I had the opportunity over the last several months to help launch a research study of PCI compliance among small (Level 4) businesses, and the findings from this study (a survey of 220 merchants) were just published this week. Frankly, It’s very difficult to get small businesses interested in PCI compliance at all (judging from low attendance at the webinars and events aimed at that market), and I wanted to use this research as a tool to understand why that is, and if anything can be done to raise awareness and motivate security improvements.
One of the first things about the study that surprised me was that two thirds of the respondents (65 percent) said that data security is a “high” priority and another 26 percent said it’s a “medium” priority. As a casual customer of many small businesses, I see business practices and POS technology that are shockingly unsecure. So the survey says that small businesses really do care about protecting customer data. Is it true? Maybe.
(Related Story: Survey: Level 4s Recognition Of PCI High, Understanding Of It Almost Nil)
One of the problems with multiple choice surveys is that it’s hard to present realistic tradeoffs to the respondents. You rarely see a question: “Which is more important? Spending $500 on a new network firewall or spending $500 to fix the delivery van?” But that’s the real issue. Data security may be a high priority in the abstract, but compared to “keeping the business running” types of concerns, it typically drops off the bottom of the list of things to spend money on. Why? Because small businesses do not believe they are going to have a data breach.
The small business survey also found 65 percent who said they have a low risk of a breach. Although some of them may be right in this view, most are not. Let me explain: There are small merchants and then there are “really small merchants.” Really small merchants are “mom and pops” running a single dry cleaning shop, using a dial up credit card terminal. Generally, mom and pop are pretty safe from a breach, because they are not running a server with a database of card data that’s connected to the Internet.They get to fill out PCI DSS Self-Assessment Questionnaire (SAQ) A. Only 11 questions and they’re done. But many small businesses don’t have it so easy. They have multiple locations, multiple (usually older) POS systems, a flat network, systems with default passwords, unsecured system configurations, and lots of employees who have access to confidential data they don’t need.
They are small businesses, with big business security problems. But they feel they are not vulnerable because they don’t have “lots” of credit card data. The problem is that the bad folks typically use automated attacks to find unsecured servers, websites and can insert malware. Another popular method of compromise is that malware is uploaded by unsuspecting employees who visit social networking websites and download “member generated content” from any of the millions of bogus accounts that hackers can create automatically on some sites.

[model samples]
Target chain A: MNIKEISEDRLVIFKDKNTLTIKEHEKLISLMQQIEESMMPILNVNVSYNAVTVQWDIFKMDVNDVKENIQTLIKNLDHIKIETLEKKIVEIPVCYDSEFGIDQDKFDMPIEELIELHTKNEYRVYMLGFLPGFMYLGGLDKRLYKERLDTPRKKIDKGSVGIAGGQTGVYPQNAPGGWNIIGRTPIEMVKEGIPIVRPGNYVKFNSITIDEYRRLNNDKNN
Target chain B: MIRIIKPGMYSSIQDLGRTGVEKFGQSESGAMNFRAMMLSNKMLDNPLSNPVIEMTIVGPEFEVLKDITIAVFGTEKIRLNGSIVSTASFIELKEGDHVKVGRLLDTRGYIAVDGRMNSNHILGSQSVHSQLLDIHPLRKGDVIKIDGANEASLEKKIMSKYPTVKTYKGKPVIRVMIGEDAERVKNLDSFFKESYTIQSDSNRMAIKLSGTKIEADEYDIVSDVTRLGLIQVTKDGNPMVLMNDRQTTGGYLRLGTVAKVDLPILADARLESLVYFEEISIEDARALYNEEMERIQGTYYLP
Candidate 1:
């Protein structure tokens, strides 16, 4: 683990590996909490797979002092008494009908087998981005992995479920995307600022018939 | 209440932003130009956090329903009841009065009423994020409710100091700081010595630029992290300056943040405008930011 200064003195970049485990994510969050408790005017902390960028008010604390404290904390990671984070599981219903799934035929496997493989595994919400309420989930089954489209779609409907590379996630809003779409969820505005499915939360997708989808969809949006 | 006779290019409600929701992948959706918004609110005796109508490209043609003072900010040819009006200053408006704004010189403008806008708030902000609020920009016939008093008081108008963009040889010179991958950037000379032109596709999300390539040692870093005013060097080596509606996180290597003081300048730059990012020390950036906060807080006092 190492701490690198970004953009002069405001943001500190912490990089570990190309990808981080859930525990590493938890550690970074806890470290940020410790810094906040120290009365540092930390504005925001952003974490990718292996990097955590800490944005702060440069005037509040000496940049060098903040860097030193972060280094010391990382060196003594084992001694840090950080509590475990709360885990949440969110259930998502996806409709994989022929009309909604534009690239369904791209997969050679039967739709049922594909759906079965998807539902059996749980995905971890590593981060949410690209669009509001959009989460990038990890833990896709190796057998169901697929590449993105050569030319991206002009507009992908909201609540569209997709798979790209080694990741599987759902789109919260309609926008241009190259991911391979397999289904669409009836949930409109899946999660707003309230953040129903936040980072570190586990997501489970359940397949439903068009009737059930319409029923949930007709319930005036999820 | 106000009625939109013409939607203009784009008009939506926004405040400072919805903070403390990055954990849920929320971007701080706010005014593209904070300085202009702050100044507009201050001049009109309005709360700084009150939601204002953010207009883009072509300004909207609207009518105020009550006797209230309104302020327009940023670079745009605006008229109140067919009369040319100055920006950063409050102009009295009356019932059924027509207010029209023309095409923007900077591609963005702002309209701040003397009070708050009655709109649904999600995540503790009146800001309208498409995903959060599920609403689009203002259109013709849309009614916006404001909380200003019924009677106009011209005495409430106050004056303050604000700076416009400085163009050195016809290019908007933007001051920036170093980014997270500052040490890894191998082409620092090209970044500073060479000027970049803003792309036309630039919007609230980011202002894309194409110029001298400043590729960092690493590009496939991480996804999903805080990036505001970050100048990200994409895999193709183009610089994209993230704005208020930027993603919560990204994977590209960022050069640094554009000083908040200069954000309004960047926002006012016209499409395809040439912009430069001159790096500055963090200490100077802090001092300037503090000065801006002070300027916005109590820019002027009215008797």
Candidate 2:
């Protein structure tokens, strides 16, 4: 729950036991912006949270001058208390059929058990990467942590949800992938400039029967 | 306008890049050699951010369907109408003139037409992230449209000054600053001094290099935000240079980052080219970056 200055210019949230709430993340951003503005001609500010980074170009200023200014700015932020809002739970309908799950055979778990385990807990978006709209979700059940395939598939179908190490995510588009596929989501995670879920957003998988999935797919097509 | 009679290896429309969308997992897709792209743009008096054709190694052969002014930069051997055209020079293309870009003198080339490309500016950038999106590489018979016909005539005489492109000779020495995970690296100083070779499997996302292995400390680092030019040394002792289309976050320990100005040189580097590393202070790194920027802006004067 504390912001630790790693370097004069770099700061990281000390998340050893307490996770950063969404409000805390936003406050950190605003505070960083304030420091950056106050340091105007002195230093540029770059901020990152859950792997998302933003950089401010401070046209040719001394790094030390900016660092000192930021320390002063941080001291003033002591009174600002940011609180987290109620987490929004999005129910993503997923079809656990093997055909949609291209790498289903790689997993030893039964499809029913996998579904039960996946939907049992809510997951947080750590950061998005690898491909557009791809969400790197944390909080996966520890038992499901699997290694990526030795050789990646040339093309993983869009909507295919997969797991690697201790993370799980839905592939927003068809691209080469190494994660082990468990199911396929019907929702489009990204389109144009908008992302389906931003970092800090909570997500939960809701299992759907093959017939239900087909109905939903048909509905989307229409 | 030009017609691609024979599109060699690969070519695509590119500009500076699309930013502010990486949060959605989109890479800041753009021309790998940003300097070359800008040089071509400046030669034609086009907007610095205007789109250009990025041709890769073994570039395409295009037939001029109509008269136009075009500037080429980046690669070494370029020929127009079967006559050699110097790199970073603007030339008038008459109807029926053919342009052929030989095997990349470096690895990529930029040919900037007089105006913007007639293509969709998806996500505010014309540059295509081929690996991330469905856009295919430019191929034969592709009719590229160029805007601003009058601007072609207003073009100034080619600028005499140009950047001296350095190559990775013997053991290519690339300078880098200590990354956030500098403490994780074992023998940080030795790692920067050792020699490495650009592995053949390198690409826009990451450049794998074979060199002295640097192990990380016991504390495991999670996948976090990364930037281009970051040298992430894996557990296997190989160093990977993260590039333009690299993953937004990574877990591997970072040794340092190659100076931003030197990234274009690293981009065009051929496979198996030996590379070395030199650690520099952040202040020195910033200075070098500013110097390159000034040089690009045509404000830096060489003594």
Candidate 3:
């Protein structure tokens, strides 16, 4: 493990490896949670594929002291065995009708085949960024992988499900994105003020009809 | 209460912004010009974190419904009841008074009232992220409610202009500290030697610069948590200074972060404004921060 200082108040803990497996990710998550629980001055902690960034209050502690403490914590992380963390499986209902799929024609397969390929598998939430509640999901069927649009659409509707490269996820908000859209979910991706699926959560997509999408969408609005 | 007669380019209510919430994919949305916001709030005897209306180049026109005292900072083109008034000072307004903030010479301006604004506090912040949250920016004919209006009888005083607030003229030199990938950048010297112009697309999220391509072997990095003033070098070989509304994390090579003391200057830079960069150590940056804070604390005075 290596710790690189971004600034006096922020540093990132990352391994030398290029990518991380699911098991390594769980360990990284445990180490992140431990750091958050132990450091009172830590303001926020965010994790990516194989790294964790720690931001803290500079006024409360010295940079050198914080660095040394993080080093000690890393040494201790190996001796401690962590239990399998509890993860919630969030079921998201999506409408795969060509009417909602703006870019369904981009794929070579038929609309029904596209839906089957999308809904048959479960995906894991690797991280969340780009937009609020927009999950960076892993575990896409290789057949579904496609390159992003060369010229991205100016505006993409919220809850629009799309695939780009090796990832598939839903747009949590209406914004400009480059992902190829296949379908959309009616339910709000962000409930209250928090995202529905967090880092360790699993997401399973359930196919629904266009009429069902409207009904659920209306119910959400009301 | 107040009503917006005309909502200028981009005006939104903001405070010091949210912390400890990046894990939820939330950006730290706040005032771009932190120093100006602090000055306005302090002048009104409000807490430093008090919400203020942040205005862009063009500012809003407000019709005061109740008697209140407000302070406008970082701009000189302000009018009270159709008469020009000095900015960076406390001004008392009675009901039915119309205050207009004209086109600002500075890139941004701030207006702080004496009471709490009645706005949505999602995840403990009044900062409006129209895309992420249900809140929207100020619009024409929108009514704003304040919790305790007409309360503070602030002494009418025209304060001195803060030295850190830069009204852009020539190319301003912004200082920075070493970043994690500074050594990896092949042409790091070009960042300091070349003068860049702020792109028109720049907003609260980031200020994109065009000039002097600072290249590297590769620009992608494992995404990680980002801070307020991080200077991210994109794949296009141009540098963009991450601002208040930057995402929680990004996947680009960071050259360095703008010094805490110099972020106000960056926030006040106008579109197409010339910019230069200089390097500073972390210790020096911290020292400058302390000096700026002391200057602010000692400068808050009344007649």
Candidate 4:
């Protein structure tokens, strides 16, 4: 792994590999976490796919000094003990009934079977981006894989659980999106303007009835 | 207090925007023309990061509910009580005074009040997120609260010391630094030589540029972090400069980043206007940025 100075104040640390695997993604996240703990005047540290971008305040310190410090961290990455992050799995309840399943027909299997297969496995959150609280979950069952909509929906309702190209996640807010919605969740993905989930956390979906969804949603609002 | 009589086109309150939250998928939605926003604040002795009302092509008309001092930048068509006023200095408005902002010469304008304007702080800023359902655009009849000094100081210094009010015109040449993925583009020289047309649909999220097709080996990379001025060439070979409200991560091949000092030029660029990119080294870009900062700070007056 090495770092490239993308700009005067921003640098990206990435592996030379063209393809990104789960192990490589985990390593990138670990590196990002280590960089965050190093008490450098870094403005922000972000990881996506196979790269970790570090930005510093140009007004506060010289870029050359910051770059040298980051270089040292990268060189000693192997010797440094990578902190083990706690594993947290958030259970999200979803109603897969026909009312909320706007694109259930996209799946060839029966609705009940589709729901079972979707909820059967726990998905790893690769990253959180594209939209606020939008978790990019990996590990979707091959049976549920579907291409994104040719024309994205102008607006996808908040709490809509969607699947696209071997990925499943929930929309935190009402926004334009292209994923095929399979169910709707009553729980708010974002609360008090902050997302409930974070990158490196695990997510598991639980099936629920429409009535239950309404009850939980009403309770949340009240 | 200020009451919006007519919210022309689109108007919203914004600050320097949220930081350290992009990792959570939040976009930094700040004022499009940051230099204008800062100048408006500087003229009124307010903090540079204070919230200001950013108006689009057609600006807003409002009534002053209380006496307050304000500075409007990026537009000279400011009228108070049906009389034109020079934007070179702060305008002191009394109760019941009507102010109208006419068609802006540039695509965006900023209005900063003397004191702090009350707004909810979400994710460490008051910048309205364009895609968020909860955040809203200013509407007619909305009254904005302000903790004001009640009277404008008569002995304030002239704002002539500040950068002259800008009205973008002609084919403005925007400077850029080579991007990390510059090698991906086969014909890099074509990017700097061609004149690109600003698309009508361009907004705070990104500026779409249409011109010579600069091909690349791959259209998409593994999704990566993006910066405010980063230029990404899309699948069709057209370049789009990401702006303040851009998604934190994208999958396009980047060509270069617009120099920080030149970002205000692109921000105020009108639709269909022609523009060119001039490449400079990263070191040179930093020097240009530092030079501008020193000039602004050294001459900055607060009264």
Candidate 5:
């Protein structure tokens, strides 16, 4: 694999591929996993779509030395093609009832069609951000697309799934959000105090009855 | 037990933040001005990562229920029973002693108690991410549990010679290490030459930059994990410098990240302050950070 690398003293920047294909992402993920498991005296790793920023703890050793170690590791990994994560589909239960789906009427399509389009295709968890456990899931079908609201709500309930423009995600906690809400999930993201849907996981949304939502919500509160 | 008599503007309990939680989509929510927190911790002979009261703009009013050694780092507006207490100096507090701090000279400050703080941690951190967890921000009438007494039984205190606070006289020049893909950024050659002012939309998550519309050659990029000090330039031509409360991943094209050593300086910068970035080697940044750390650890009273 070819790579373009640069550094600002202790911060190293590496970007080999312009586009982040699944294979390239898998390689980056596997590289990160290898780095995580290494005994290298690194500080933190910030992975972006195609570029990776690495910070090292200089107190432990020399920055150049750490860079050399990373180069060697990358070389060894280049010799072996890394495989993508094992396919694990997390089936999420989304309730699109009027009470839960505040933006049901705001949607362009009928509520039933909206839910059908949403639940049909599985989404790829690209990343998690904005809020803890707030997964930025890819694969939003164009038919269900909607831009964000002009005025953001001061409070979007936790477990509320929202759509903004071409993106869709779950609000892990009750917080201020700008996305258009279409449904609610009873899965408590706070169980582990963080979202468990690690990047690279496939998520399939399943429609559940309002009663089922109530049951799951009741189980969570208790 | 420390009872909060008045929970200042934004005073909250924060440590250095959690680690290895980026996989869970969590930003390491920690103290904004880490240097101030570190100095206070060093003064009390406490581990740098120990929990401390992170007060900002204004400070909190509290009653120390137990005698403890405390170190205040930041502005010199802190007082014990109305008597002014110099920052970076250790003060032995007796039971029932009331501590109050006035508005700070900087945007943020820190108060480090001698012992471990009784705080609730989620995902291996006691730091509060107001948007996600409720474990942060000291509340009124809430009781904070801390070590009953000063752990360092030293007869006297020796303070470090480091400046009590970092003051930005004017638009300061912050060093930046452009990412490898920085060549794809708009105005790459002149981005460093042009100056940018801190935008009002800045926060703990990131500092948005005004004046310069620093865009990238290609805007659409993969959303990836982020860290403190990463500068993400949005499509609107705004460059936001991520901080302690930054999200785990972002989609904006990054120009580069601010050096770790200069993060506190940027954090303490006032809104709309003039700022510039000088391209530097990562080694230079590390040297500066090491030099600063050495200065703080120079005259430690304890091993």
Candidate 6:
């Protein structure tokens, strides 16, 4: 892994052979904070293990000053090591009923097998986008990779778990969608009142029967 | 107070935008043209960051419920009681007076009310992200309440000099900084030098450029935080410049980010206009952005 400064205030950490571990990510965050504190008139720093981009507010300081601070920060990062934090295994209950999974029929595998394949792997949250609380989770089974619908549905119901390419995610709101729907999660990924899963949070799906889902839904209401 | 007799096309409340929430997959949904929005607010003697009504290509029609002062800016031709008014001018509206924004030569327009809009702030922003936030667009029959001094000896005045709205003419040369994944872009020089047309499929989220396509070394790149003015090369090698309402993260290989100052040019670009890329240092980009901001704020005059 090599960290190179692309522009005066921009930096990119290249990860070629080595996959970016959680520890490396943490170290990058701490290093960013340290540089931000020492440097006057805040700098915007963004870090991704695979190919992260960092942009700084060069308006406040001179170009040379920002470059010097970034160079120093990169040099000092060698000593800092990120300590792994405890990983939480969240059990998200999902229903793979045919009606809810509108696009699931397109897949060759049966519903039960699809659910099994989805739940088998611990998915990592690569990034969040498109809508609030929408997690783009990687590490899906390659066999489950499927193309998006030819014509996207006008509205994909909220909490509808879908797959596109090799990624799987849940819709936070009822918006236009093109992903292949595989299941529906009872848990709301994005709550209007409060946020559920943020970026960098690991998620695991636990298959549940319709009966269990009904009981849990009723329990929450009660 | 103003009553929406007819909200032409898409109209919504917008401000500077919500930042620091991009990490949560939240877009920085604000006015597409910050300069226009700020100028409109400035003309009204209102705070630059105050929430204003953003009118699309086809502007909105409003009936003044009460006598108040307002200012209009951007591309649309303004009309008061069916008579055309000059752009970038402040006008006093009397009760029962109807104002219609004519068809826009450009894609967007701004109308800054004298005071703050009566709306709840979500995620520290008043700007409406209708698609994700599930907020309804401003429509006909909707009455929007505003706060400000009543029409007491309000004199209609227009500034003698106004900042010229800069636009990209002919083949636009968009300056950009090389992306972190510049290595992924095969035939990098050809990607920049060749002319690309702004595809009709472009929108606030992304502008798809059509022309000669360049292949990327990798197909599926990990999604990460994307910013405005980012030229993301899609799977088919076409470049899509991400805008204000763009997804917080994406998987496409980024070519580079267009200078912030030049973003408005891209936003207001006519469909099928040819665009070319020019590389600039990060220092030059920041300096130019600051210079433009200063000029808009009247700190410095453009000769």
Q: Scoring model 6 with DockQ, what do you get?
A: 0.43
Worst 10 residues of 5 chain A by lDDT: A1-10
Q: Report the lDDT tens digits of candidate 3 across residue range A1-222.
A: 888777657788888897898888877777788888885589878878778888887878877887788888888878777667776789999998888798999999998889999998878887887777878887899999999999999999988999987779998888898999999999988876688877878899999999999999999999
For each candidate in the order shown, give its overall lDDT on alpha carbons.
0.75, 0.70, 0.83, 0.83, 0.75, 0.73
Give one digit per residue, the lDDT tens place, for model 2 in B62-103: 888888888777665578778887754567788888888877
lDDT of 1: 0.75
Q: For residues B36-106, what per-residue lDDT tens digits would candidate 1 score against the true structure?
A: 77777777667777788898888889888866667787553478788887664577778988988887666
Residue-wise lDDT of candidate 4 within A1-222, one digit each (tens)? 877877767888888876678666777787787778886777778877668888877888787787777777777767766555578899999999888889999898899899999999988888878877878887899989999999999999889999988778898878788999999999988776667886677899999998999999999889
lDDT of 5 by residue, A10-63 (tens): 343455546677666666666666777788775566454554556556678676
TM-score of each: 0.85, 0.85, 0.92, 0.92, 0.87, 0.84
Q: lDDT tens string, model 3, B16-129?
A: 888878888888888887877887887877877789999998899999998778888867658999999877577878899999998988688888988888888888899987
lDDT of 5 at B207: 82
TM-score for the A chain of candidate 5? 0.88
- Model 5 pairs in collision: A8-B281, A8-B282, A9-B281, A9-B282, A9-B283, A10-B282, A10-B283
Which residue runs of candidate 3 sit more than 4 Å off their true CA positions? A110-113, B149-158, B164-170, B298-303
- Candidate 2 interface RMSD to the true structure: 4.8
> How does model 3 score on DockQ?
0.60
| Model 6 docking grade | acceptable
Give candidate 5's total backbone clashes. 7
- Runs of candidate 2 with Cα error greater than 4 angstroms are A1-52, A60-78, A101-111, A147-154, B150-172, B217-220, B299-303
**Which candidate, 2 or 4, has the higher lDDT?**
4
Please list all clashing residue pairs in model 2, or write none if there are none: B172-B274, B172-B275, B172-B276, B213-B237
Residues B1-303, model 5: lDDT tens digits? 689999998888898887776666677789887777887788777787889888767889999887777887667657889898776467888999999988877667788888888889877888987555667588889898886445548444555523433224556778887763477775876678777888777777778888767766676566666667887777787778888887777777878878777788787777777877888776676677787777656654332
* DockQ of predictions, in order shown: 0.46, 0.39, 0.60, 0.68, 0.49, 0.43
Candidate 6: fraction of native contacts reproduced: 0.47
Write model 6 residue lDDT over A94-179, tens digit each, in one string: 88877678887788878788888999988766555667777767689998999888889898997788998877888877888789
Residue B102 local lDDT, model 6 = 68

Although larger (Level 1 and 2) organizations typically have tools in place to prevent this or isolate its impact, many small businesses do not, and are therefore much more vulnerable than they believe.
One of the by-products of making it easy for small businesses to report their PCI compliance through the use of the 4 SAQs is that companies often fill them out without actually doing all the things they should be doing. Wow, what a shock! To try to detect how prevalent these “false positive” self-assessments are, we asked the small businesses whether they would have the documentation to back up their SAQ findings. As we expected, 23 percent said they did not have the documentation, and another 22 percent were unsure they could prove that they are compliant if asked to do so.
The point is: merchants are often “liberal” (which, in this case, is bad) in how they answer their SAQs. This finding of companies taking liberties with their SAQs may be one of the reasons why MasterCard recently decided to force both Level 1 and Level 2 merchants to use outside QSAs. The point here is that security and payment professionals who want to help small businesses improve their data security must come to grips with the fact that even though 86 percent of small businesses say they are aware of the PCI standards, and 65 percent say that data security is a high priority, there continue to be fundamental factors, such as a low sense of risk, other spending priorities, and a simple-to-fudge SAQ process that will continue to hinder efforts to get small businesses to take the actions that will materially reduce their IT security risks.
Although I realize it’s possible to read the PCI and Small Business report and get a really positive sense that small business managers are starting to care about security and PCI compliance, I believe that contrasting supportive comments with actions taken is a reasonable, if cynical, analysis of the findings. If you’d like to learn more about our research on PCI and small business, or any other topic, please visit the PCI Knowledge Base, and our “Contact us” page, or if you want to have a personal discussion about PCI and small business issues, just send me an E-Mail at [email protected].